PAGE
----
The film adaptation of In the Heights, based on the popular stage musical by Hamilton creator Lin-Manuel Miranda, was billed as a much-needed celebration of the diverse Latinx neighborhood of Washington Heights in New York City. Yet when the movie opened, criticism immediately ensued on social media. For a film set in a heavily Afro-Latinx neighborhood, darker-skinned people were relegated to dancers, hair salon workers, and other background roles. And among the leading roles, there was a glaring lack of Afro-Latinx representation.
In an interview for the Root with some cast members and the director, Jon Chu, journalist Felice León asked about the absence of dark-skinned Afro-Latinx representation in the film. Chu responded, “In the end, when we were looking at the cast, we tried to get the people who were best for those roles.” A few days later, Miranda shared an apology via Twitter, saying, “I’m truly sorry. I’m learning from the feedback. I thank you for raising it and I’m listening.” The following night, the legendary Puerto Rican musical actress Rita Moreno appeared on The Late Show with Stephen Colbert defending Miranda, saying, “Can’t you just wait a while and leave it alone?” which also drew backlash, for which she eventually apologized. This controversy, and the reaction to it among these Hollywood creators, exposes ugly realities lurking within the Latinx community.
I was only about 10 minutes into watching the film when I, an Afro-Puerto Rican from New York state who has spent time in Washington Heights, immediately realized the racial composition of the light-skinned and white-passing Latinx cast was not reflective of what you see walking through that neighborhood. Washington Heights is historically a Dominican neighborhood and arguably the most prominent Dominican community in the US; nearly half of the residents in Washington Heights identify as Dominican. That coupled with the fact that Black Latinx identification is most prevalent among Dominicans in comparison to other Latinx subgroups makes this fallacy of Latinx representation even more baffling. Afro-Latinos are central to all that is vibrant in Washington Heights; the most cherished aspects of Dominican food and music are a product of the African diaspora.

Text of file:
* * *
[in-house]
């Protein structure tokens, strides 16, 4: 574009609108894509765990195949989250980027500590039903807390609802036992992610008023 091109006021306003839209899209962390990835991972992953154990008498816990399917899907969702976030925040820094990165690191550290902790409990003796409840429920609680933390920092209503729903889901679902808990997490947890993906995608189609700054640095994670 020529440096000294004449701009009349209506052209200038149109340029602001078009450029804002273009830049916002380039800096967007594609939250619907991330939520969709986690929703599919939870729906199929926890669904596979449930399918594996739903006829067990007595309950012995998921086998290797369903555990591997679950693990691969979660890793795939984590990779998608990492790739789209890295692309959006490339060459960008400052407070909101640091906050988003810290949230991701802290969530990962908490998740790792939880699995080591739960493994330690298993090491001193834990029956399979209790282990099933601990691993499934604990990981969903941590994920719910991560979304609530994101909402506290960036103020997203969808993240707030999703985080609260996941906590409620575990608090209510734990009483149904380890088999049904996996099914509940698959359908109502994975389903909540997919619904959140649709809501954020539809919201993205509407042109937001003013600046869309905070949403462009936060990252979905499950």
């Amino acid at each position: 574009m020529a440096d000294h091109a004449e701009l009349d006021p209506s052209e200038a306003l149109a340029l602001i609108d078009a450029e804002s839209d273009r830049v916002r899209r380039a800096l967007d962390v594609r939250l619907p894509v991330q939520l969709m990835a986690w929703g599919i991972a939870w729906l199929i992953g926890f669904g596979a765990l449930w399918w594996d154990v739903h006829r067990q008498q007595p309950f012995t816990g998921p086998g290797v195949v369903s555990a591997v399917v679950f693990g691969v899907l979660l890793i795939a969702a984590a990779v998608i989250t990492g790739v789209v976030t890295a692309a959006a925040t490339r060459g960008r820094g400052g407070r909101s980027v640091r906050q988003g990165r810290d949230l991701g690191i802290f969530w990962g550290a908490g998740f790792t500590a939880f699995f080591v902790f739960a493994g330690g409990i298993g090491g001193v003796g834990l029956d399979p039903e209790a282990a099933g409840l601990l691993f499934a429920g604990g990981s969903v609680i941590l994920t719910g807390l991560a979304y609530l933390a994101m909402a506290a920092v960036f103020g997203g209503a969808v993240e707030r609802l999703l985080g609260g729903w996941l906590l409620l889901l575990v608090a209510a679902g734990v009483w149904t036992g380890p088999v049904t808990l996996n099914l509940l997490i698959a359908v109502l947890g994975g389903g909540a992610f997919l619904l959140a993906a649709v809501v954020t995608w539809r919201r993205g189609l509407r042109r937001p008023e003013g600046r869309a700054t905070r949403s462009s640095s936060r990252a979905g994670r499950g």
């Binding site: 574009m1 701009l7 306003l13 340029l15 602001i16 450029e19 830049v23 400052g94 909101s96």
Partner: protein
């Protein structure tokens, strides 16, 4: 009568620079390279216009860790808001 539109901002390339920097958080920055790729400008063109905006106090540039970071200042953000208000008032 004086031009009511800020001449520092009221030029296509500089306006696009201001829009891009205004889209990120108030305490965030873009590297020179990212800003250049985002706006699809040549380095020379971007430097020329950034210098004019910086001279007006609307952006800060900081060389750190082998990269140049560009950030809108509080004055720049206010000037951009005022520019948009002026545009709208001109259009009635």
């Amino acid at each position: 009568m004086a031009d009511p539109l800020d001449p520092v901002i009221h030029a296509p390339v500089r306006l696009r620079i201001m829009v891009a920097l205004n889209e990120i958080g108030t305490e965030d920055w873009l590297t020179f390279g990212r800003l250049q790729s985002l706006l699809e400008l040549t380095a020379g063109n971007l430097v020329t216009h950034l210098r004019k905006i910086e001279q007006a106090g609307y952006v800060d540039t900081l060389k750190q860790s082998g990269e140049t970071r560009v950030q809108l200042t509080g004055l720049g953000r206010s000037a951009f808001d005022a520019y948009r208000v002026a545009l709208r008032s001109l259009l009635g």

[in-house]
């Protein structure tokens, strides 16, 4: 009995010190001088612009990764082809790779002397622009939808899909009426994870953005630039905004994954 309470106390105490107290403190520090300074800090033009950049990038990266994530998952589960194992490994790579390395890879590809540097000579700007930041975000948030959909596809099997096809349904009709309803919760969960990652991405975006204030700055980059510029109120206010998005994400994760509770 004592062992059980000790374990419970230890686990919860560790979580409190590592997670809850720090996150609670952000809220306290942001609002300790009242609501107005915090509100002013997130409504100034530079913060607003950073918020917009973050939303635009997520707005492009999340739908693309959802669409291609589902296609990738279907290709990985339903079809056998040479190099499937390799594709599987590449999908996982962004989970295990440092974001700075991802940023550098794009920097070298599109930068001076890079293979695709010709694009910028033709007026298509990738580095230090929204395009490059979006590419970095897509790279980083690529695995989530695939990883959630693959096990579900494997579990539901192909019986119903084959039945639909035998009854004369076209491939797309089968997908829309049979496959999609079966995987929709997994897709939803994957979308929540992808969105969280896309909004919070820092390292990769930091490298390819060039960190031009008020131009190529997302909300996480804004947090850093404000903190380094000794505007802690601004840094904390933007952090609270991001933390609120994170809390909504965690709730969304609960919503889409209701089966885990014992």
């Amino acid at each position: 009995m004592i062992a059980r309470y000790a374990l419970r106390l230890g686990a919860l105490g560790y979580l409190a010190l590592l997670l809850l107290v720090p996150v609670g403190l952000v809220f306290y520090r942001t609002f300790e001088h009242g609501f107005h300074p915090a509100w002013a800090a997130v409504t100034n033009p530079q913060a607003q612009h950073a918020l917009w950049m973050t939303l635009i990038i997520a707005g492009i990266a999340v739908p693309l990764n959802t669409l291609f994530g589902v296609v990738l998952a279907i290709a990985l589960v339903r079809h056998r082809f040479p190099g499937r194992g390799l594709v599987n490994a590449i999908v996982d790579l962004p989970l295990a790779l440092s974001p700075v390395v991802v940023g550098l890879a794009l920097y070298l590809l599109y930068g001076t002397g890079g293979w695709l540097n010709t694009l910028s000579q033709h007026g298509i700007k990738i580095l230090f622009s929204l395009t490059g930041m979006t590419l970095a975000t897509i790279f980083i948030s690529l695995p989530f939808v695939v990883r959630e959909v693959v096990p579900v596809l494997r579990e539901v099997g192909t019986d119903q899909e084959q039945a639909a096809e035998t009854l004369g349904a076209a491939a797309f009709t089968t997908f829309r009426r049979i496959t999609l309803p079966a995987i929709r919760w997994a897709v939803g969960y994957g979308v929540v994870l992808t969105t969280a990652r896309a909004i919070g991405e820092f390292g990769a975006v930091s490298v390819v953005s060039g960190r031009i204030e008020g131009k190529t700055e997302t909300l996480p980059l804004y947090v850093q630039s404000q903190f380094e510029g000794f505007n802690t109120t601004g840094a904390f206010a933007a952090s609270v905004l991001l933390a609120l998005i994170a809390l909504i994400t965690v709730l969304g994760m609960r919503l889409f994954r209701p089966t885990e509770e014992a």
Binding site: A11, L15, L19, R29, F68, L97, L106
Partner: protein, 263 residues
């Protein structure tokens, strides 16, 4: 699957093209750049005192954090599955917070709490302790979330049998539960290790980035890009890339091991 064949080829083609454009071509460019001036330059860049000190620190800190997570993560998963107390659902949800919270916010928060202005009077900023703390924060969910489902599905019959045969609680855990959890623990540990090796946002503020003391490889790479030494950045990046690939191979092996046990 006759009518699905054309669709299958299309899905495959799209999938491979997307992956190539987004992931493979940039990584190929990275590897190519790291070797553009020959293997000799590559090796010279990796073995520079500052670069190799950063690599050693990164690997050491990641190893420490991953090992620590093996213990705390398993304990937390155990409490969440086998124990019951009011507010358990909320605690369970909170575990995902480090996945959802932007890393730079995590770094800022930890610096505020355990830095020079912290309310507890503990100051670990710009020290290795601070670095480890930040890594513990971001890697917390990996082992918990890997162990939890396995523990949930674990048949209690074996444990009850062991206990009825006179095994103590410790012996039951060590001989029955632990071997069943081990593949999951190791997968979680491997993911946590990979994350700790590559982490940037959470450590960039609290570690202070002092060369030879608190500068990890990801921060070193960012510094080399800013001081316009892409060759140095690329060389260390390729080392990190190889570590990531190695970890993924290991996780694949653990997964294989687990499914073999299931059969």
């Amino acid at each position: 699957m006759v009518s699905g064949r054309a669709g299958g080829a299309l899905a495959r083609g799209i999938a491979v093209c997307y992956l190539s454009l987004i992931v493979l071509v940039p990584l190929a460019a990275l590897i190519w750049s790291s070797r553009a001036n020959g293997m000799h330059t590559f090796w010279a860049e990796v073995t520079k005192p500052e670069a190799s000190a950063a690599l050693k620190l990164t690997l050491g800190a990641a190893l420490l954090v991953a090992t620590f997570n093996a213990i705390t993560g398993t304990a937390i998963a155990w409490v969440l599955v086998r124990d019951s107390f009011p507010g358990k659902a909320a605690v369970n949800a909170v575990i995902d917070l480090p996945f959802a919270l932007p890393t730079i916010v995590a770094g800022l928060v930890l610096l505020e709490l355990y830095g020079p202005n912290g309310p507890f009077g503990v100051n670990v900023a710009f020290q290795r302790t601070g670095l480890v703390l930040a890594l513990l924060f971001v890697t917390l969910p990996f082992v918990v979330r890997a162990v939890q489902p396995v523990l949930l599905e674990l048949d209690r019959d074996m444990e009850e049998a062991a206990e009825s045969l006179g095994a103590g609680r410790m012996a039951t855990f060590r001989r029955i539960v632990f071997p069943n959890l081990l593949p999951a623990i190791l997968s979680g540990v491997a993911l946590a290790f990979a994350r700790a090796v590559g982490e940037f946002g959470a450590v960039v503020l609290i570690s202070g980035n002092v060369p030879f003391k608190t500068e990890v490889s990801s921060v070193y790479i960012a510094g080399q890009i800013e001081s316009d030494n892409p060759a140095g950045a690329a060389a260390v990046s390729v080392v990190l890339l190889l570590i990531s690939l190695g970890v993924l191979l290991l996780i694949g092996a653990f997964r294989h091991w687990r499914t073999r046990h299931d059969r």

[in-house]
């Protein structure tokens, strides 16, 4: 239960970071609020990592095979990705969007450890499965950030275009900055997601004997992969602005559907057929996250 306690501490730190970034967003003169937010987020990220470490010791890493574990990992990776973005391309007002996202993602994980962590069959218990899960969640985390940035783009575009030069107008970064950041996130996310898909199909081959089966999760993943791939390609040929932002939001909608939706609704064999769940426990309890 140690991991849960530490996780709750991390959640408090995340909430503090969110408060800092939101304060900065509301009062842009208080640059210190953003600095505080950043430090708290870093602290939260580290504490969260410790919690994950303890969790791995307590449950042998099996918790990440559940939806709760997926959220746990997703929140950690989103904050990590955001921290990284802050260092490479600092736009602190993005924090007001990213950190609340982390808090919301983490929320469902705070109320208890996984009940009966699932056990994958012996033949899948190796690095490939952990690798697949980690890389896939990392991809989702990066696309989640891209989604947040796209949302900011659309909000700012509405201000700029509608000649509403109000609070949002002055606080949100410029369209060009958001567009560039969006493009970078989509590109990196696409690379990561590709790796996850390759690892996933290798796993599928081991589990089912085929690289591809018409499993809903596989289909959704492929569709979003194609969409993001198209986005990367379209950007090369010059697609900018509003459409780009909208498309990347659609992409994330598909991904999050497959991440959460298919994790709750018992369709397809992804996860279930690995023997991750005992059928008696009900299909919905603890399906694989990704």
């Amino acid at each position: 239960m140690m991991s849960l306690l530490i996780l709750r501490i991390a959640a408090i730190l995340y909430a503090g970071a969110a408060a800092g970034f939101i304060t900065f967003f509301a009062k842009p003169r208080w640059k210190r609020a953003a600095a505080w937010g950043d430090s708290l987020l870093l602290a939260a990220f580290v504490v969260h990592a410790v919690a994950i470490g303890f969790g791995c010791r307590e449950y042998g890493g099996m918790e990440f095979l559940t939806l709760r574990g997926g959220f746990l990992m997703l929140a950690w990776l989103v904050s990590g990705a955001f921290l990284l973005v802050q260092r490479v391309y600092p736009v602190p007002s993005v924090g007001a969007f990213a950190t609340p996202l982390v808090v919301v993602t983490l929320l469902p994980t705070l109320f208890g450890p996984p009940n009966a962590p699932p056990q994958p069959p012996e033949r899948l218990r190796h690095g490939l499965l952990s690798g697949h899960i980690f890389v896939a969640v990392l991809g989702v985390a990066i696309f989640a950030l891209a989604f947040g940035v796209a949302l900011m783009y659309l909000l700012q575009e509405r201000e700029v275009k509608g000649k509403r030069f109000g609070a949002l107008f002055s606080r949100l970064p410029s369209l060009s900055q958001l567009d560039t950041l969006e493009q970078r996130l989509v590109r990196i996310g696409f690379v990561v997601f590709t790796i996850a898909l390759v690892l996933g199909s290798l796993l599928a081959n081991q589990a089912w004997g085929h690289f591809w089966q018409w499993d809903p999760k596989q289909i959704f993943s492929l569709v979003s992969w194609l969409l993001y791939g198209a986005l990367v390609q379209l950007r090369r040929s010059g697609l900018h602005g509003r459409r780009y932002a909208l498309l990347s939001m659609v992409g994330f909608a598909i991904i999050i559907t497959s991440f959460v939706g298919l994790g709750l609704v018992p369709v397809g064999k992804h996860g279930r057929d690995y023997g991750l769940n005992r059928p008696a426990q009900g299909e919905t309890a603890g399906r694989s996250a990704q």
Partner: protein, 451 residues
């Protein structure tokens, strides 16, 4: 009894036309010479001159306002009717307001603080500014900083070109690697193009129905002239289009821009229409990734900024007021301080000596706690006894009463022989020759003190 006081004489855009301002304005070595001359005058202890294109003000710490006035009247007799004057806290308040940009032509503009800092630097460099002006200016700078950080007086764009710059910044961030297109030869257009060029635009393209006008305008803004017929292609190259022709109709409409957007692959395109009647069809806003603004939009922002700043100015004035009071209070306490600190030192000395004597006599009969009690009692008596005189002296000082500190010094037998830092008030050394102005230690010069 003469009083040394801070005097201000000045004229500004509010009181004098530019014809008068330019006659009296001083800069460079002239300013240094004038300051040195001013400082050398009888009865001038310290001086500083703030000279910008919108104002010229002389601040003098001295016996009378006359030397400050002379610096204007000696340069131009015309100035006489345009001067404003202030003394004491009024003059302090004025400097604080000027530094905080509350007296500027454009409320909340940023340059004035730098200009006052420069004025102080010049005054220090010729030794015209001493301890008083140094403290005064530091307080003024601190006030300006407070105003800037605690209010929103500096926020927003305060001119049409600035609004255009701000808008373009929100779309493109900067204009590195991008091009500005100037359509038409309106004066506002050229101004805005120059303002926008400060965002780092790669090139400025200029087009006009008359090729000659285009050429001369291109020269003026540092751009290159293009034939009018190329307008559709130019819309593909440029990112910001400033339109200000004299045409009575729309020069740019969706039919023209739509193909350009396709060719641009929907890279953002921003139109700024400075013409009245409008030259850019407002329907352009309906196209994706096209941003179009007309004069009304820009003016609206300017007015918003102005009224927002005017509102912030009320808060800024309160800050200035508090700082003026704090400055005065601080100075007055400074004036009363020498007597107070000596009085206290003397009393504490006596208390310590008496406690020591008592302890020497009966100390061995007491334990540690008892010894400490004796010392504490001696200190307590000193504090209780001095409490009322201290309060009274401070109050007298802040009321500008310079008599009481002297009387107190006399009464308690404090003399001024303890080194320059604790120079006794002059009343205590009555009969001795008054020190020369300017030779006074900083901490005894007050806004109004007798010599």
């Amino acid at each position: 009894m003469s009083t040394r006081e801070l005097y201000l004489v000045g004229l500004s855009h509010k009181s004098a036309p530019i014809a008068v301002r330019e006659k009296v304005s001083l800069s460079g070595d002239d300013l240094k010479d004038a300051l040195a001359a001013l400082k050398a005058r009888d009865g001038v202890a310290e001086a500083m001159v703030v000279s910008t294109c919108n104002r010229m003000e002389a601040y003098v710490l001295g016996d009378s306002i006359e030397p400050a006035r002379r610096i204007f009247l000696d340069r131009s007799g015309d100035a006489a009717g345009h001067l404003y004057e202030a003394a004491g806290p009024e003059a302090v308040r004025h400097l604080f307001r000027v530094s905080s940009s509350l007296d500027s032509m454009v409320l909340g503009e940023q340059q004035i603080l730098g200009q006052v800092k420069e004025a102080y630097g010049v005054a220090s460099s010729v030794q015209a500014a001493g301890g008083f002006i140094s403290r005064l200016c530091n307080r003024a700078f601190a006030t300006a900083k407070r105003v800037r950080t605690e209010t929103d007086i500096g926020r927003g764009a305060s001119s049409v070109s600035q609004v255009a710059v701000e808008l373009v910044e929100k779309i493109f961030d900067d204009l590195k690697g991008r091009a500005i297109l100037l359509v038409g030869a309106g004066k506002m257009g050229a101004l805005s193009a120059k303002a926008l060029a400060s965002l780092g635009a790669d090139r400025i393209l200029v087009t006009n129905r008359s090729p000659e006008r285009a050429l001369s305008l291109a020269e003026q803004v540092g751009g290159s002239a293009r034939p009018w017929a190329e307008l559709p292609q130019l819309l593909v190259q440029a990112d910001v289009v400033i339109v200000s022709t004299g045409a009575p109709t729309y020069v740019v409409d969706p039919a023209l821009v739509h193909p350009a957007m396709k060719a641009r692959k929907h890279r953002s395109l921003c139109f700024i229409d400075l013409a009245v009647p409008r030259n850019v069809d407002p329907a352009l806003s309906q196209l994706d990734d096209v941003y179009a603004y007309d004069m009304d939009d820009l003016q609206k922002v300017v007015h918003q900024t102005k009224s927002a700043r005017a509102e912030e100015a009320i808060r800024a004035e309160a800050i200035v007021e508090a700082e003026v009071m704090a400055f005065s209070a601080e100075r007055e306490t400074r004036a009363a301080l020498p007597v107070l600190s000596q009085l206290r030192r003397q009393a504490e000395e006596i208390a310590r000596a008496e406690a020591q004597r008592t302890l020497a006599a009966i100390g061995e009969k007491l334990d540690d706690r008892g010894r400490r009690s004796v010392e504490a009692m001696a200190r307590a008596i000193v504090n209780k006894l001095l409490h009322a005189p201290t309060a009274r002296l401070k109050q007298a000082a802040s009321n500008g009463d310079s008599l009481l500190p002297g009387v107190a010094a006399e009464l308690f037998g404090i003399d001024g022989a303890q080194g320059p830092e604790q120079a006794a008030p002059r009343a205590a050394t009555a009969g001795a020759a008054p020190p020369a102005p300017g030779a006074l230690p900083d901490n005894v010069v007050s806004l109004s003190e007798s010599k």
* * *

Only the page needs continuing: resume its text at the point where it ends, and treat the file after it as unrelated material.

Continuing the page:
The erasure of Afro-Latinx people, and especially of those who are darker-skinned, has long been an issue within the Latinx community. I know this, not only because I’ve lived it, but because it’s something I’ve researched and studied as a doctoral student and former faculty member in higher education. It’s not uncommon for Latinos who are quick to tout their pride in merengue, bachata, mangú, and mofongo to ignore the very people — those of the African diaspora — whose ancestors introduced these into the culture. It goes to show how ingrained the devaluation of Black aesthetics in the Latinx community really is, and how colorism, or the practices of discrimination that privilege people of color with lighter skin over those with darker skin, pervades communities of color.
As I watched the movie over the weekend with my two Afro-Latinx children, I had a deep yearning to be able to point to one of the lead characters and say, “Look, they look like we do!” Unfortunately, that moment never came. Instead, I had an out-of-body experience in which I was witnessing my own triple consciousness, a phrase that explains Afro-Latinx realities in which “one ever feels his three-ness — a Latino, a Negro, an American.” This pain stems from receiving messages of inferiority not only from white people but also from the Latinx community to which we purportedly belong.